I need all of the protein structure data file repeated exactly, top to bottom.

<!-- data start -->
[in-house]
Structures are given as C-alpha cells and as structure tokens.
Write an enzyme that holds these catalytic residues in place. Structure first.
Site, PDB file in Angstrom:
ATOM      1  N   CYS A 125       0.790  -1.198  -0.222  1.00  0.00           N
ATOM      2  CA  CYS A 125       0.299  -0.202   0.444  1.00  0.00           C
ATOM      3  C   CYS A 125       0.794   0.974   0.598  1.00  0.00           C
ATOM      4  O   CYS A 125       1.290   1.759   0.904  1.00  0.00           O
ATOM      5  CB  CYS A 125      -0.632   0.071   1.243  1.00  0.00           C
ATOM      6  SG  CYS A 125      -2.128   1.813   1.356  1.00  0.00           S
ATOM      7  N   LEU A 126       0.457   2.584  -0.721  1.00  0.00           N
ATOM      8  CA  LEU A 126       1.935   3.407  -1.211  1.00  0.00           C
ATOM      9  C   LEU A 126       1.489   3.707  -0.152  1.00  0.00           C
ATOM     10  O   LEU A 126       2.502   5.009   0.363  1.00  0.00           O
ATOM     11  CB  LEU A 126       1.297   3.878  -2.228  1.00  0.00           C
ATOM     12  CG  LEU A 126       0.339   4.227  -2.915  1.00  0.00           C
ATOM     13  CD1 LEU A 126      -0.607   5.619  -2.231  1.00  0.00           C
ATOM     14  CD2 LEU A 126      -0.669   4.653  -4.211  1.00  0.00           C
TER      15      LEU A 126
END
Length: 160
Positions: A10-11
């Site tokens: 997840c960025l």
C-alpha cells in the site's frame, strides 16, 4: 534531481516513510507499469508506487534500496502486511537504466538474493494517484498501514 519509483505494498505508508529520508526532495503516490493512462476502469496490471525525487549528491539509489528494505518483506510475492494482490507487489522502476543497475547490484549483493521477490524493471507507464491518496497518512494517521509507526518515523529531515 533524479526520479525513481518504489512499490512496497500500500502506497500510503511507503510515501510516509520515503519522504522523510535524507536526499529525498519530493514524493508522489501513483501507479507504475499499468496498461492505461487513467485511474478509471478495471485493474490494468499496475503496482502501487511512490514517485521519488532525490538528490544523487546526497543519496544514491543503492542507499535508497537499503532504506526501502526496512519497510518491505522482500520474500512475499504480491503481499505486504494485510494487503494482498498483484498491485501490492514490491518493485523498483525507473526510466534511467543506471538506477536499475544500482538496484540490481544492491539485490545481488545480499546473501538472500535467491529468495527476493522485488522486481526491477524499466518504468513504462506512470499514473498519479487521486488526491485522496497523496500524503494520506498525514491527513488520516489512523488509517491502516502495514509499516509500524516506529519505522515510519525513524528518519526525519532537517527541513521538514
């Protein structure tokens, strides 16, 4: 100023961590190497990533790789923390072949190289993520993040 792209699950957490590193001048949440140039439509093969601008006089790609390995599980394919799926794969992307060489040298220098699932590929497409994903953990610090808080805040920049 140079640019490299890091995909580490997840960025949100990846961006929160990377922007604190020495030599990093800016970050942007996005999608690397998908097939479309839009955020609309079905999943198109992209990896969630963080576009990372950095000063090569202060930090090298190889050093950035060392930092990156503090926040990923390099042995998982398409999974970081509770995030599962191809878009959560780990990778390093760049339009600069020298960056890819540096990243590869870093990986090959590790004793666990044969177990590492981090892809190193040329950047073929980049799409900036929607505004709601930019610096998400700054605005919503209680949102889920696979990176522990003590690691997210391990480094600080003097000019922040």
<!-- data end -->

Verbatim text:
[in-house]
Structures are given as C-alpha cells and as structure tokens.
Write an enzyme that holds these catalytic residues in place. Structure first.
Site, PDB file in Angstrom:
ATOM      1  N   CYS A 125       0.790  -1.198  -0.222  1.00  0.00           N
ATOM      2  CA  CYS A 125       0.299  -0.202   0.444  1.00  0.00           C
ATOM      3  C   CYS A 125       0.794   0.974   0.598  1.00  0.00           C
ATOM      4  O   CYS A 125       1.290   1.759   0.904  1.00  0.00           O
ATOM      5  CB  CYS A 125      -0.632   0.071   1.243  1.00  0.00           C
ATOM      6  SG  CYS A 125      -2.128   1.813   1.356  1.00  0.00           S
ATOM      7  N   LEU A 126       0.457   2.584  -0.721  1.00  0.00           N
ATOM      8  CA  LEU A 126       1.935   3.407  -1.211  1.00  0.00           C
ATOM      9  C   LEU A 126       1.489   3.707  -0.152  1.00  0.00           C
ATOM     10  O   LEU A 126       2.502   5.009   0.363  1.00  0.00           O
ATOM     11  CB  LEU A 126       1.297   3.878  -2.228  1.00  0.00           C
ATOM     12  CG  LEU A 126       0.339   4.227  -2.915  1.00  0.00           C
ATOM     13  CD1 LEU A 126      -0.607   5.619  -2.231  1.00  0.00           C
ATOM     14  CD2 LEU A 126      -0.669   4.653  -4.211  1.00  0.00           C
TER      15      LEU A 126
END
Length: 160
Positions: A10-11
């Site tokens: 997840c960025l």
C-alpha cells in the site's frame, strides 16, 4: 534531481516513510507499469508506487534500496502486511537504466538474493494517484498501514 519509483505494498505508508529520508526532495503516490493512462476502469496490471525525487549528491539509489528494505518483506510475492494482490507487489522502476543497475547490484549483493521477490524493471507507464491518496497518512494517521509507526518515523529531515 533524479526520479525513481518504489512499490512496497500500500502506497500510503511507503510515501510516509520515503519522504522523510535524507536526499529525498519530493514524493508522489501513483501507479507504475499499468496498461492505461487513467485511474478509471478495471485493474490494468499496475503496482502501487511512490514517485521519488532525490538528490544523487546526497543519496544514491543503492542507499535508497537499503532504506526501502526496512519497510518491505522482500520474500512475499504480491503481499505486504494485510494487503494482498498483484498491485501490492514490491518493485523498483525507473526510466534511467543506471538506477536499475544500482538496484540490481544492491539485490545481488545480499546473501538472500535467491529468495527476493522485488522486481526491477524499466518504468513504462506512470499514473498519479487521486488526491485522496497523496500524503494520506498525514491527513488520516489512523488509517491502516502495514509499516509500524516506529519505522515510519525513524528518519526525519532537517527541513521538514
């Protein structure tokens, strides 16, 4: 100023961590190497990533790789923390072949190289993520993040 792209699950957490590193001048949440140039439509093969601008006089790609390995599980394919799926794969992307060489040298220098699932590929497409994903953990610090808080805040920049 140079640019490299890091995909580490997840960025949100990846961006929160990377922007604190020495030599990093800016970050942007996005999608690397998908097939479309839009955020609309079905999943198109992209990896969630963080576009990372950095000063090569202060930090090298190889050093950035060392930092990156503090926040990923390099042995998982398409999974970081509770995030599962191809878009959560780990990778390093760049339009600069020298960056890819540096990243590869870093990986090959590790004793666990044969177990590492981090892809190193040329950047073929980049799409900036929607505004709601930019610096998400700054605005919503209680949102889920696979990176522990003590690691997210391990480094600080003097000019922040």